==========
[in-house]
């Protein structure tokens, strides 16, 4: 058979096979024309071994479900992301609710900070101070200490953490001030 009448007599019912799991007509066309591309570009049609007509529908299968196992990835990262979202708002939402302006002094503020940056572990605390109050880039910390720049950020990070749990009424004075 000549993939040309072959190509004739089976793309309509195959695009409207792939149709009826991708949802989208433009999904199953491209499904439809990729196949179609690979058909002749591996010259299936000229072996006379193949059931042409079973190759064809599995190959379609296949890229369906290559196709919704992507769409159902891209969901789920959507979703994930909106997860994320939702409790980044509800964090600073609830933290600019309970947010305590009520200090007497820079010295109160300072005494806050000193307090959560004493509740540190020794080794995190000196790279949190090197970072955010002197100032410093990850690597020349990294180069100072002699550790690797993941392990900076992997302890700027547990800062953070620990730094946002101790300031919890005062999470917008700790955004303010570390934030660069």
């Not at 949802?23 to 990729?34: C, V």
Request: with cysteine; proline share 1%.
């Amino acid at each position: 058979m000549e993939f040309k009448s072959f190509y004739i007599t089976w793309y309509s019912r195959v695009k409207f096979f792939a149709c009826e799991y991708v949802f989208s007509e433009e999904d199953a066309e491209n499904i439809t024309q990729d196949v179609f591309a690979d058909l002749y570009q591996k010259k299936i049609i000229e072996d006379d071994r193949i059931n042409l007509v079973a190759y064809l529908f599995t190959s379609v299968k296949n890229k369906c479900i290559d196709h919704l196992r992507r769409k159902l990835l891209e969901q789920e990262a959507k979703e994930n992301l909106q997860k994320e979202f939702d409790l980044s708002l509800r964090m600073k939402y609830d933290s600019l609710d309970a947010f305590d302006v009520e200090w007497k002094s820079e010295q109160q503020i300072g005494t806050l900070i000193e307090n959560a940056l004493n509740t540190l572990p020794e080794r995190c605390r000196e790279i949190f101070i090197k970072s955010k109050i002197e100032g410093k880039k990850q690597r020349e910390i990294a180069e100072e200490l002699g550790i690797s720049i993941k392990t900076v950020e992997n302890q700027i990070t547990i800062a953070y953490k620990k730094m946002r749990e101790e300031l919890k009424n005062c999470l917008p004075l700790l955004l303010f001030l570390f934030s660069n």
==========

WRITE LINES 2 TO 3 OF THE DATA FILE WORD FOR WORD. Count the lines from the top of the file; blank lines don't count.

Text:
């Protein structure tokens, strides 16, 4: 058979096979024309071994479900992301609710900070101070200490953490001030 009448007599019912799991007509066309591309570009049609007509529908299968196992990835990262979202708002939402302006002094503020940056572990605390109050880039910390720049950020990070749990009424004075 000549993939040309072959190509004739089976793309309509195959695009409207792939149709009826991708949802989208433009999904199953491209499904439809990729196949179609690979058909002749591996010259299936000229072996006379193949059931042409079973190759064809599995190959379609296949890229369906290559196709919704992507769409159902891209969901789920959507979703994930909106997860994320939702409790980044509800964090600073609830933290600019309970947010305590009520200090007497820079010295109160300072005494806050000193307090959560004493509740540190020794080794995190000196790279949190090197970072955010002197100032410093990850690597020349990294180069100072002699550790690797993941392990900076992997302890700027547990800062953070620990730094946002101790300031919890005062999470917008700790955004303010570390934030660069």
């Not at 949802?23 to 990729?34: C, V």